Serum immunoelectrophoresis is a test that measures immunoglobulins in the blood. Immunoglobulins are proteins that function as antibodies. There are various types of immunoglobulins. Some some can be abnormal. If you do have these abnormal proteins, this test can also help identify their specific type.
IEP - serum; Immunoglobulin electrophoresis - serum; Gammaglobulin electrophoresis; Serum immunoglobulin electrophoresis
How the test is performed:
Blood is typically drawn from a vein, usually from the inside of the elbow or the back of the hand. The site is cleaned with germ-killing medicine (antiseptic). The health care provider wraps an elastic band around the upper arm to apply pressure to the area and make the vein swell with blood.
Next, the health care provider gently inserts a needle into the vein. The blood collects into an airtight vial or tube attached to the needle. The elastic band is removed from your arm.
Once the blood has been collected, the needle is removed, and the puncture site is covered to stop any bleeding.
In infants or young children, a sharp tool called a lancet may be used to puncture the skin and make it bleed. The blood collects into a small glass tube called a pipette, or onto a slide or test strip. A bandage may be placed over the area if there is any bleeding.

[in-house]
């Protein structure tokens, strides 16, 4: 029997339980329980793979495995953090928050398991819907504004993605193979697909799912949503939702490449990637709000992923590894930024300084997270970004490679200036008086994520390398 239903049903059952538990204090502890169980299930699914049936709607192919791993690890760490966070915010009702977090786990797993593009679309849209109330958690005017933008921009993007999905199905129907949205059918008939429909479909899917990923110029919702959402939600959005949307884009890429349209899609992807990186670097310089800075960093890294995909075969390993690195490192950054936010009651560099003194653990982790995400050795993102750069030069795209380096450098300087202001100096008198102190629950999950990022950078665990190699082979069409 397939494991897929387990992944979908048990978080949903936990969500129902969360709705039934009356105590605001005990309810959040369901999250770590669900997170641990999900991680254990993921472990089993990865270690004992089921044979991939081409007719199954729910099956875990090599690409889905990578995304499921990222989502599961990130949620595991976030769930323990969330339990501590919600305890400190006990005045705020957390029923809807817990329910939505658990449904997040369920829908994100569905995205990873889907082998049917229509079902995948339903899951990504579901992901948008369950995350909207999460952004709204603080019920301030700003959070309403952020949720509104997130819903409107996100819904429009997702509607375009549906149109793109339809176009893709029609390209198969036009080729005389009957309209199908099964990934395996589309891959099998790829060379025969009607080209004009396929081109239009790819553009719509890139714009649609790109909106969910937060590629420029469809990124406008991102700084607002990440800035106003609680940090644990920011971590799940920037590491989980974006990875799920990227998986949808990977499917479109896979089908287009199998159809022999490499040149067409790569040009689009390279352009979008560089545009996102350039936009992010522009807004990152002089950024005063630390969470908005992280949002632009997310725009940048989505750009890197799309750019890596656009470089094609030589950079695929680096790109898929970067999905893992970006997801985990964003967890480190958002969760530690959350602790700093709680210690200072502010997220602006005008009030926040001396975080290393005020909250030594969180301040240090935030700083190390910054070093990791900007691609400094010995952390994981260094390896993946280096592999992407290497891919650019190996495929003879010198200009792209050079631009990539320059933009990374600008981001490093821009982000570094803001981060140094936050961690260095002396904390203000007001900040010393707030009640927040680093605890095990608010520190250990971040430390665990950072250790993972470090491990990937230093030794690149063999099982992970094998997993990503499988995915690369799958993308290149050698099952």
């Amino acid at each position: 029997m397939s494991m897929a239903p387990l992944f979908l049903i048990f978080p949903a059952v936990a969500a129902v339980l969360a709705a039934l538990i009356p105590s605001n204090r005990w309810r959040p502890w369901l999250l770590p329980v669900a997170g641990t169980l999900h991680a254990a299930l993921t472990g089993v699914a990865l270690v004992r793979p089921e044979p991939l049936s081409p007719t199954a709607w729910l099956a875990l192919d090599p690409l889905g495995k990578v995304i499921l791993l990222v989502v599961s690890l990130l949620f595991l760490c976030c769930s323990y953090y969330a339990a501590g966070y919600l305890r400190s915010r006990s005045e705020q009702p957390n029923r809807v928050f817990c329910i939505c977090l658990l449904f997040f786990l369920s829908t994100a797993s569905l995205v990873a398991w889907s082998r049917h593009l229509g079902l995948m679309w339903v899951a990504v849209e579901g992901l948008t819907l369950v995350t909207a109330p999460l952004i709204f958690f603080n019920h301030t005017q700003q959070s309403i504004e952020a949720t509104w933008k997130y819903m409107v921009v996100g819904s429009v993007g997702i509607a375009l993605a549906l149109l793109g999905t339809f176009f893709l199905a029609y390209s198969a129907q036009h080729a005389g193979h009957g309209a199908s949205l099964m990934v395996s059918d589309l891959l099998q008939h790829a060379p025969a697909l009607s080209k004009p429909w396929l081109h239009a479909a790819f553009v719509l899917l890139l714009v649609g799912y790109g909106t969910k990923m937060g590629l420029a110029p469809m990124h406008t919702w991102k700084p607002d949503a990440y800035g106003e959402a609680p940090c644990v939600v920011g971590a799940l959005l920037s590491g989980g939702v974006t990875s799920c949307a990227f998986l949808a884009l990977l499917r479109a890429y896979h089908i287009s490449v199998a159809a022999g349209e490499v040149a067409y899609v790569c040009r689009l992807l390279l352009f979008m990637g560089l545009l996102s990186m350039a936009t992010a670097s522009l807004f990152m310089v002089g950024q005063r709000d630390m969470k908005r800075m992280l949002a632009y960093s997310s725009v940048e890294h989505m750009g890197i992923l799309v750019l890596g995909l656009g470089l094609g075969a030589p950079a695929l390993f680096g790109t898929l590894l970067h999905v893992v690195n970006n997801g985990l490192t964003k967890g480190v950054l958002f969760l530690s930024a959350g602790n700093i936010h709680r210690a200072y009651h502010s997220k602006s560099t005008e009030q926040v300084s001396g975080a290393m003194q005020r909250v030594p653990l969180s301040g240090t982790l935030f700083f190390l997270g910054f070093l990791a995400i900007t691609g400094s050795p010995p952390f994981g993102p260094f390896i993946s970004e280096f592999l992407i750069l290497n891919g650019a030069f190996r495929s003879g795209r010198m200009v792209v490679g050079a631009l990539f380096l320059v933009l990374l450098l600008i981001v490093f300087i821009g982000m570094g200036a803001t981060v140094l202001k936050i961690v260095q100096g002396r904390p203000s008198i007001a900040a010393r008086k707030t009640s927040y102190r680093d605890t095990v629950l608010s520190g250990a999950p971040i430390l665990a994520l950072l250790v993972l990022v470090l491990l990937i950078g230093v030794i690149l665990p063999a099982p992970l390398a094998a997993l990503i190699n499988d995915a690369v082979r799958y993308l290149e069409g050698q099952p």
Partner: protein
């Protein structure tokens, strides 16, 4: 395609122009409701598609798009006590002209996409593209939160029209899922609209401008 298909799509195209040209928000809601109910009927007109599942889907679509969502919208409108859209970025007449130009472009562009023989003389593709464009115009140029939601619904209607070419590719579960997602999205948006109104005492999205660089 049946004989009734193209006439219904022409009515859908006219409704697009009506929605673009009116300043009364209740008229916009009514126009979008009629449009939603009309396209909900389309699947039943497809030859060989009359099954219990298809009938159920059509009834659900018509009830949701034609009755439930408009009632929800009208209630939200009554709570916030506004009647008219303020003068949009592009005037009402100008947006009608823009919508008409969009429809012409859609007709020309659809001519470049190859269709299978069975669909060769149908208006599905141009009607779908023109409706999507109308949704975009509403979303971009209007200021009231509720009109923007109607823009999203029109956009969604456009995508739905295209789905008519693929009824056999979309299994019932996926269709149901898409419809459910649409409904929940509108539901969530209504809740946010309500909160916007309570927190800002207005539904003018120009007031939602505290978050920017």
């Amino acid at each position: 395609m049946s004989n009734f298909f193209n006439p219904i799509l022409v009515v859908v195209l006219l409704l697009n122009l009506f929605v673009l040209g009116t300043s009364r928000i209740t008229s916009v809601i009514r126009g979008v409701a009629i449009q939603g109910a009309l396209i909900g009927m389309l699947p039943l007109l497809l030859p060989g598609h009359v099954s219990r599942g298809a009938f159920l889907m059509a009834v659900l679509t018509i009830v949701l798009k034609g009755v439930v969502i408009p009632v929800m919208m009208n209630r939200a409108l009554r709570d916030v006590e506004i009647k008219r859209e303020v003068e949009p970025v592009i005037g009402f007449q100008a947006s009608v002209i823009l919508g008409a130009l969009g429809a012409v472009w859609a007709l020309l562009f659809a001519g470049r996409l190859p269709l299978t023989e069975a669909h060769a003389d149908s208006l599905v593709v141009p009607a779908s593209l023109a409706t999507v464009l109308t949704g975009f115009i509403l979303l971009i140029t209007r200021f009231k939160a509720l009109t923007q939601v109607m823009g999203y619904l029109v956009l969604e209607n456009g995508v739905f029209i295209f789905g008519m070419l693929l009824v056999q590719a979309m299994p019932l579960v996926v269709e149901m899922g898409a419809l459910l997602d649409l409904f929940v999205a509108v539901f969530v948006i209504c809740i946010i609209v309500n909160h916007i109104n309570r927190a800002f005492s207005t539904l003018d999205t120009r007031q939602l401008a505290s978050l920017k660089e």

How the test will feel:
When the needle is inserted to draw blood, you may feel moderate pain, or only a prick or stinging sensation. Afterward, there may be some throbbing.
Why the test is performed:
This test is performed to assess the clonality (monoclonal or polyclonal, meaning derived from one group of cells producing them) of immunoglobulins.
No monoclonal antibodies are detected.
What abnormal results mean:
In some malignant disorders (most often multiple myeloma or chronic lymphocytic leukemia ) a single clone of lymphocytes produces one type of protein -- a monoclonal immunoglobulin. This is identifiable as monoclonal (all the same type) by immunoelectrophoresis. Some people have monoclonal immunoglobulins, but do not have a malignant disorder.
What the risks are:
- Excessive bleeding
- Fainting or feeling lightheaded
- Hematoma (blood accumulating under the skin)
- Infection (a slight risk any time the skin is broken)
Veins and arteries vary in size from one patient to another and from one side of the body to the other. Obtaining a blood sample from some people may be more difficult than from others.
McPherson RA and Pincus MR. Henry's Clinical Diagnosis and Management by Laboratory Methods. 21st ed. Philadelphia, Pa: WB Saunders; 2007.
Hoffman R, Benz Jr. EJ, Shattil SJ, et al., eds. Hematology: Basic Principles and Practice. 4th ed. Philadelphia, Pa: Churchill Livingston; 2005.
|Review Date: 6/14/2008|
Reviewed By: David C. Dugdale, III, MD, Professor of Medicine, Division of General Medicine, Department of Medicine, University of Washington School of Medicine; and James R. Mason, MD, Oncologist, Director, Blood and Marrow Transplantation Program and Stem Cell Processing Lab, Scripps Clinic, Torrey Pines, California. Also reviewed by David Zieve, MD, MHA, Medical Director, A.D.A.M., Inc.
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